Unjust Imprisonment

The following letter was written in 2007 by Winnie Biscet, daughter of Dr. Oscar Elias Biscet.

 

My Father, Dr. Oscar Elias Biscet was born on July 20, 1961 in Havana,
Cuba. My father is Founder and President of Lawton Foundation. This
organization is considered illegal by the Cuban government. My father,
Oscar is a Cuban physician and is a very spiritual man. I feel that he
follows the same philosophies as Dr. Martin Luther King and Thoreau.
Oscar was unjustly sentenced to three years in prison on February 26,
1999 for a crime of flying the Cuban flag upside down, which is an
International recognized symbol of distress. Before his sentence Oscar
had been arbitrarily detained twenty six times in eighteen months. On
February 1998, he was then expelled from the Cuban National Health
System. He and his family were evicted from their home. My father is
presently in prison right now because he continues to defend the Human Rights in Cuba. The Cuban prison is a place where no one wants to be.

It is a place where persons are restrained from any personal freedom.
The Cuban Government condemned my father to twenty-five years in
prison for his role in attempting to promote integrity and sovereignty
to the Cuban people. His life is constantly in danger in prison. He is
presently experiencing a lot of physical problems. He had lost weight
since he has been incarcerated and his teeth and mouth show signs of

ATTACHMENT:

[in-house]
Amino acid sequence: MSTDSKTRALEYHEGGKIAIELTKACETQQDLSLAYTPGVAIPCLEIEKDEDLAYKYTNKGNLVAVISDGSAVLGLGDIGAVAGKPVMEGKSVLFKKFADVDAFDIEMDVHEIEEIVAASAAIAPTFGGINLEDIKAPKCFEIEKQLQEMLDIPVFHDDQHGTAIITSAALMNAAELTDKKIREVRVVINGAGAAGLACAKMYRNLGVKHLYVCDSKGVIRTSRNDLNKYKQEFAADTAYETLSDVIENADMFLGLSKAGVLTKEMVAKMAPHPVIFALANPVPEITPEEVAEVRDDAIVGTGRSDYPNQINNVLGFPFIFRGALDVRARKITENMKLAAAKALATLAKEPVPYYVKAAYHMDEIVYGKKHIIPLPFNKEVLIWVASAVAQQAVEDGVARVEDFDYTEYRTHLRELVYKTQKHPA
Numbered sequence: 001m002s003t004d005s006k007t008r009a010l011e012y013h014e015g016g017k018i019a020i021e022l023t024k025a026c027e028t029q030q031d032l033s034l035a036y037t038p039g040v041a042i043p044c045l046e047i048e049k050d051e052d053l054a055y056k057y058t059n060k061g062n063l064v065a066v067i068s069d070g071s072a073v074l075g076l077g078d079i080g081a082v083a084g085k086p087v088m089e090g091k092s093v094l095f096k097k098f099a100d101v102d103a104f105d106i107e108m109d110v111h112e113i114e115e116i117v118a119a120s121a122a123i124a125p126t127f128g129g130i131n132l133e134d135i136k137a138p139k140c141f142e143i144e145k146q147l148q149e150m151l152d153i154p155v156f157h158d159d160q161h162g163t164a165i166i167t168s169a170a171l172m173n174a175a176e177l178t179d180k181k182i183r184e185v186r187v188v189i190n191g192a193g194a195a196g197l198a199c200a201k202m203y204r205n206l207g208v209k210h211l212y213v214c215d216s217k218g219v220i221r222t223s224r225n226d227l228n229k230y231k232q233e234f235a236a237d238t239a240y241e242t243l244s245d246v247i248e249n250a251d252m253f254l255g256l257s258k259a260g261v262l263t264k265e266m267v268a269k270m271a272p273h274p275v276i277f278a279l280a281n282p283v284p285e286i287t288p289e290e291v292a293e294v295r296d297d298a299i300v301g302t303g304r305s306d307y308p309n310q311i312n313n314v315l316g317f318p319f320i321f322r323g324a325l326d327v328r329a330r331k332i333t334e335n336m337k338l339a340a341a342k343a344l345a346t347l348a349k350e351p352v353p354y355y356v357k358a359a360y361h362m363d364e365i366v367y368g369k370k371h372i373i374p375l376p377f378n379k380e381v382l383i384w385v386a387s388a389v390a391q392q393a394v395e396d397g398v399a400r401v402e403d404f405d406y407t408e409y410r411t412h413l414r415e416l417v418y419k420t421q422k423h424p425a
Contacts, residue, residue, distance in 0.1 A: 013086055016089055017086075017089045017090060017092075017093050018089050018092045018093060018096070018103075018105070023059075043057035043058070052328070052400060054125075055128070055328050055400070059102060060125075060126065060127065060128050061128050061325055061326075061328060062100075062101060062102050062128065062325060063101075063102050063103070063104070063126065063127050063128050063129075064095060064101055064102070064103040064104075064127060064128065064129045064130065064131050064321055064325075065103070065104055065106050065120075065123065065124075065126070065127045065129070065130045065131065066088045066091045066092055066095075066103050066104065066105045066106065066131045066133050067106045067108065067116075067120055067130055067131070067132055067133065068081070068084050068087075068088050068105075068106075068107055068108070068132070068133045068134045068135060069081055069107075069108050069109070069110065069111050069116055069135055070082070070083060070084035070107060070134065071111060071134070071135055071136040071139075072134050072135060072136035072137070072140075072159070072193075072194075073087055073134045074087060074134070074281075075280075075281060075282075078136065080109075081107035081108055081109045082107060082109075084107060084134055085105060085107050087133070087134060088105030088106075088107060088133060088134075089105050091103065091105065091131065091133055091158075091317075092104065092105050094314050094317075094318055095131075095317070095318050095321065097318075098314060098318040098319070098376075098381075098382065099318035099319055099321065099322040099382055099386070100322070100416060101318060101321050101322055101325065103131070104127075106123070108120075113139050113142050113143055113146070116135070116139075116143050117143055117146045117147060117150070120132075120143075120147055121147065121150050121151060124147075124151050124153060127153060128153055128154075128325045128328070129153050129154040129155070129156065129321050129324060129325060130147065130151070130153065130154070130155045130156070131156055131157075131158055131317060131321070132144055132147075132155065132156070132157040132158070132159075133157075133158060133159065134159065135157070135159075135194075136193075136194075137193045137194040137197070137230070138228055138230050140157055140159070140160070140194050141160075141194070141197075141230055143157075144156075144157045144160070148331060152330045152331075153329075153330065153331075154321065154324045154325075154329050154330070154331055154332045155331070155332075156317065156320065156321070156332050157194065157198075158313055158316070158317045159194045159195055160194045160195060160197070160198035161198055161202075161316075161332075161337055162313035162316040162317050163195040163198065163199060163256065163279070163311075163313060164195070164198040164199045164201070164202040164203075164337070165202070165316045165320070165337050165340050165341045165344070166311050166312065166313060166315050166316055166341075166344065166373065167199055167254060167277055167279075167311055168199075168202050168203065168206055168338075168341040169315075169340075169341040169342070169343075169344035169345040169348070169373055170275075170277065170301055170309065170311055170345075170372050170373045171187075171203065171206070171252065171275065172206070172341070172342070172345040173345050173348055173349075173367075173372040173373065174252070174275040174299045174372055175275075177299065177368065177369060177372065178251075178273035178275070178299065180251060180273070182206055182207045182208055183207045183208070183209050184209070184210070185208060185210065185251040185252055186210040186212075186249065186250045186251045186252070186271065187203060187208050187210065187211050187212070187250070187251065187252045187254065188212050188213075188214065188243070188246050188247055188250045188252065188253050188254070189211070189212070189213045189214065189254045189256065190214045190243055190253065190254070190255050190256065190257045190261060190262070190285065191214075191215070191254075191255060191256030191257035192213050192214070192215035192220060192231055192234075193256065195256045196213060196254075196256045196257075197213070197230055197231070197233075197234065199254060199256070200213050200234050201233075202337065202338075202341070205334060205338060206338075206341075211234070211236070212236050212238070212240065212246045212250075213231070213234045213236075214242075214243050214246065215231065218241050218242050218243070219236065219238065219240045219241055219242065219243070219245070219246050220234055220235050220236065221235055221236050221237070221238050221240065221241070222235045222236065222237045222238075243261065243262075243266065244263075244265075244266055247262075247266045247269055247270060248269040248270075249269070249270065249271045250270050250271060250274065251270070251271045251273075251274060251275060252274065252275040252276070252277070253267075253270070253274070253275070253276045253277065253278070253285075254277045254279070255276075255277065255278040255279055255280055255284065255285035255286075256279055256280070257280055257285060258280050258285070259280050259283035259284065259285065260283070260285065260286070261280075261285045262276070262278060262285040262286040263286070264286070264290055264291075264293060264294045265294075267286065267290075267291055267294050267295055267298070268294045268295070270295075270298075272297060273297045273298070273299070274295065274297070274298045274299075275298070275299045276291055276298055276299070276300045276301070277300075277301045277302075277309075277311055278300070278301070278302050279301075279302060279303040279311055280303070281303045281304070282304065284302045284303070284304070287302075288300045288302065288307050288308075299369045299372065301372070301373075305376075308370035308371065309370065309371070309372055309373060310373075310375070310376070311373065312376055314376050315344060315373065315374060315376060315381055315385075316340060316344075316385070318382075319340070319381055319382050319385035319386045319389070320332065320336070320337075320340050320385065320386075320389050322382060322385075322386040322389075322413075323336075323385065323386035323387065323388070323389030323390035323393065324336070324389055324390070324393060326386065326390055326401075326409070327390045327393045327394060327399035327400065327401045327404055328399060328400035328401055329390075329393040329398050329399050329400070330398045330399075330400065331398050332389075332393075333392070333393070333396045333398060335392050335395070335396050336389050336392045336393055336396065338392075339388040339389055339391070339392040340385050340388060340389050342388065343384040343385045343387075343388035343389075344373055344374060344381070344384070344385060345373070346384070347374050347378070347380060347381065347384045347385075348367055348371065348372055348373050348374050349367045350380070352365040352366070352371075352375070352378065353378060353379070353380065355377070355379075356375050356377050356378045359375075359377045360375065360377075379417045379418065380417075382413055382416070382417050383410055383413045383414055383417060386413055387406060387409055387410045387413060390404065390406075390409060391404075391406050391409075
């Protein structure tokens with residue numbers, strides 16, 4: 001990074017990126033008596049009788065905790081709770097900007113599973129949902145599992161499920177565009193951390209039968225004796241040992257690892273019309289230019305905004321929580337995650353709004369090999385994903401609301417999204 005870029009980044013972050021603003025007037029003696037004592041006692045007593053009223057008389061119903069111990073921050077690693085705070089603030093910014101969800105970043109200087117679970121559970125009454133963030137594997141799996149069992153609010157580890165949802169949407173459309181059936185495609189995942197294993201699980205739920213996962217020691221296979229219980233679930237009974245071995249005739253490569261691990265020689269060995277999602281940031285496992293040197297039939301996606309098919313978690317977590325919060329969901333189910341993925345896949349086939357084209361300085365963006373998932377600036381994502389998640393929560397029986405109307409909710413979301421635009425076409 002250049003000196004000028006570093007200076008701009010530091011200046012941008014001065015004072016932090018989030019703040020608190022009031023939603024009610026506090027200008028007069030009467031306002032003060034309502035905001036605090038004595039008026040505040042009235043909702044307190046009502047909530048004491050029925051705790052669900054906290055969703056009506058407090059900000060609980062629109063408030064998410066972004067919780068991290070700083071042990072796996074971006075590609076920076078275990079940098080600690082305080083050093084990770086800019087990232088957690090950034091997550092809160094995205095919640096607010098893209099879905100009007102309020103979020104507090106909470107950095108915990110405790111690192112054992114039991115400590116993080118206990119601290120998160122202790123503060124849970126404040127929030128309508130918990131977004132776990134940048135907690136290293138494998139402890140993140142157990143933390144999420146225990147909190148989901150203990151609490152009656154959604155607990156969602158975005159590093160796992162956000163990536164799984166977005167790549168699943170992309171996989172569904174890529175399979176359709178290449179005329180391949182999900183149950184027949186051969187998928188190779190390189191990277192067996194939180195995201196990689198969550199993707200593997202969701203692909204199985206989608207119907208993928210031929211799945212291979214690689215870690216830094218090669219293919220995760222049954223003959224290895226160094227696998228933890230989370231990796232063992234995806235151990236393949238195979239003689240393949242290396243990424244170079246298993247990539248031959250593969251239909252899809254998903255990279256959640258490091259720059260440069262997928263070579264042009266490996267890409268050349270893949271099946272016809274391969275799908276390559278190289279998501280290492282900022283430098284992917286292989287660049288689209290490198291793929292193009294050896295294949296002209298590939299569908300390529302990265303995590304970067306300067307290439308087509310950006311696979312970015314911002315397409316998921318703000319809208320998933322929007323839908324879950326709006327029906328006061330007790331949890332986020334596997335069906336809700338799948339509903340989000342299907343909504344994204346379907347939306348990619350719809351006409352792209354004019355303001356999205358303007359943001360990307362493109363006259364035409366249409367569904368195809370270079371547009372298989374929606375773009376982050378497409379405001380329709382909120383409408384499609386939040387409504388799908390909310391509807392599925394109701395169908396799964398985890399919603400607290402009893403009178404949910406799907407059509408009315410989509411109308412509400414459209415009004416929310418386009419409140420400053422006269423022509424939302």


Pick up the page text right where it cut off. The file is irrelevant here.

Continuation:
deterioration. This is all due to the fact that he is not receiving
proper medical treatment that should be provided by the military
personnel. Most of the time my father is isolated in a cell as
punishment. He does not participate in any Communist activities and he does not like to go to the dining hall to eat because of inadequate
cleanliness. Proper healthy food is scarce in prisons. Prisoners get
into fights and then the authorities issue violations. The authorities
treat my father badly and of course they try to take away all of his
human rights. I know that prison life is very difficult for him but,
even with all of his physical problems, he seems to be coping well
mentally. That is something that I am thankful for.

My father is presently serving twenty-five years in a Cuban prison. He
is only allowed one visit every three months for two hours. Only two
people can be chosen to visit him. This becomes difficult to choose
between mother, father, brother, and wife. He tells me that all the
conditions are poor, poor, poor. I do remember when I use to go visit
my father in prison. I felt very disappointed about the situation and
I knew that it was an unhappy place to be. I noticed that a lot of the
prisoners seemed angry with their family and friends. They looked
depressed and many did not want to talk about anything. There is no
safety in a Cuban prison. I feel very depress about my father many
times, but I know that the one good thing that I can do is to study
hard and to work diligently. I know that my father will be very proud
of me!

I demand the immediate release of my father so that this peaceful
Human Rights Activist may continue his struggle to see his country
free one day. I ask men and women of good will, Human Rights
Organizations, the Press, Democratic Nations, and everyone who has a
voice, to denounce the Cuban Government for the unjust incarceration
of my father, Dr. Oscar Elias Biscet, whose only crime is to honor the
Universal Declaration of Human Rights in his country, Cuba.

-Winnie Biscet, daughter of Oscar Elias Biscet

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